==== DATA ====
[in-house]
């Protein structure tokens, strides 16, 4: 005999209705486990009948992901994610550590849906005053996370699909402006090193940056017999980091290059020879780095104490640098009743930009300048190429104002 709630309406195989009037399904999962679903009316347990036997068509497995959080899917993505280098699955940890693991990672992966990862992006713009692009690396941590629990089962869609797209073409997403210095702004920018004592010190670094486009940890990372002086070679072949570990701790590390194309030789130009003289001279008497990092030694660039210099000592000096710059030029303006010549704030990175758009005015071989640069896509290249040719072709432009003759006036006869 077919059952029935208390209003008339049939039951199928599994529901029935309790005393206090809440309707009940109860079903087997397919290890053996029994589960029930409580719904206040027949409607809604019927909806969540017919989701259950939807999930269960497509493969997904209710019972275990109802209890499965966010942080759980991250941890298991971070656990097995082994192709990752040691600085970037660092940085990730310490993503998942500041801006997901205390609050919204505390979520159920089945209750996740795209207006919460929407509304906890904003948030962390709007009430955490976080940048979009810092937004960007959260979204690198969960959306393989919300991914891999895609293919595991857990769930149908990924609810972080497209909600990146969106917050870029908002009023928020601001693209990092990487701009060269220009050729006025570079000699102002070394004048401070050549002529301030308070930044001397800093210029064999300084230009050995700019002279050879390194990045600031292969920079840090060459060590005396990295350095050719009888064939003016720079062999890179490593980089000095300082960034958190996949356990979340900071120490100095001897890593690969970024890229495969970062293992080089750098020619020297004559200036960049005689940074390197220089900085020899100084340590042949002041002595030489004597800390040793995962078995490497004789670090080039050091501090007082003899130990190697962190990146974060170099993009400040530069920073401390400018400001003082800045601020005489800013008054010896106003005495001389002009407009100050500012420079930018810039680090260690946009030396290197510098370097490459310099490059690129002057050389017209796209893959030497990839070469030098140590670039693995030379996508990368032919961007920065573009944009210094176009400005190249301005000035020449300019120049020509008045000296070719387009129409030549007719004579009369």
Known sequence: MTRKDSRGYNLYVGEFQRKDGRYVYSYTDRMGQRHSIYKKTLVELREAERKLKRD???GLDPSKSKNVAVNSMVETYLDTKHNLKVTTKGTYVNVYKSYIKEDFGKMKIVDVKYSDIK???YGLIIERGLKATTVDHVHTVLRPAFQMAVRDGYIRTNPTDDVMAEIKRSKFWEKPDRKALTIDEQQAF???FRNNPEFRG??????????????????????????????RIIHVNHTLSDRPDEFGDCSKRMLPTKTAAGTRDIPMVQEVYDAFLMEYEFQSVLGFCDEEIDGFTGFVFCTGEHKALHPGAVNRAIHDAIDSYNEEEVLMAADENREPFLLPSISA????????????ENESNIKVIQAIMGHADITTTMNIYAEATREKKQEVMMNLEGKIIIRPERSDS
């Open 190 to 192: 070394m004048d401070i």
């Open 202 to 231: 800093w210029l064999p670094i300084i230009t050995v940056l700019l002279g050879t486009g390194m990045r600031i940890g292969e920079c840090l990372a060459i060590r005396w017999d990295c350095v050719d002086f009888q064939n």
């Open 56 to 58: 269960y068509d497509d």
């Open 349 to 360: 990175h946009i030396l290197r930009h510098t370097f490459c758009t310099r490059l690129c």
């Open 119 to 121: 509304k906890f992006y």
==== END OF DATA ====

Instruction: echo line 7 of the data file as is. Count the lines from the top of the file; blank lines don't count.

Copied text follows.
């Open 349 to 360: 990175h946009i030396l290197r930009h510098t370097f490459c758009t310099r490059l690129c």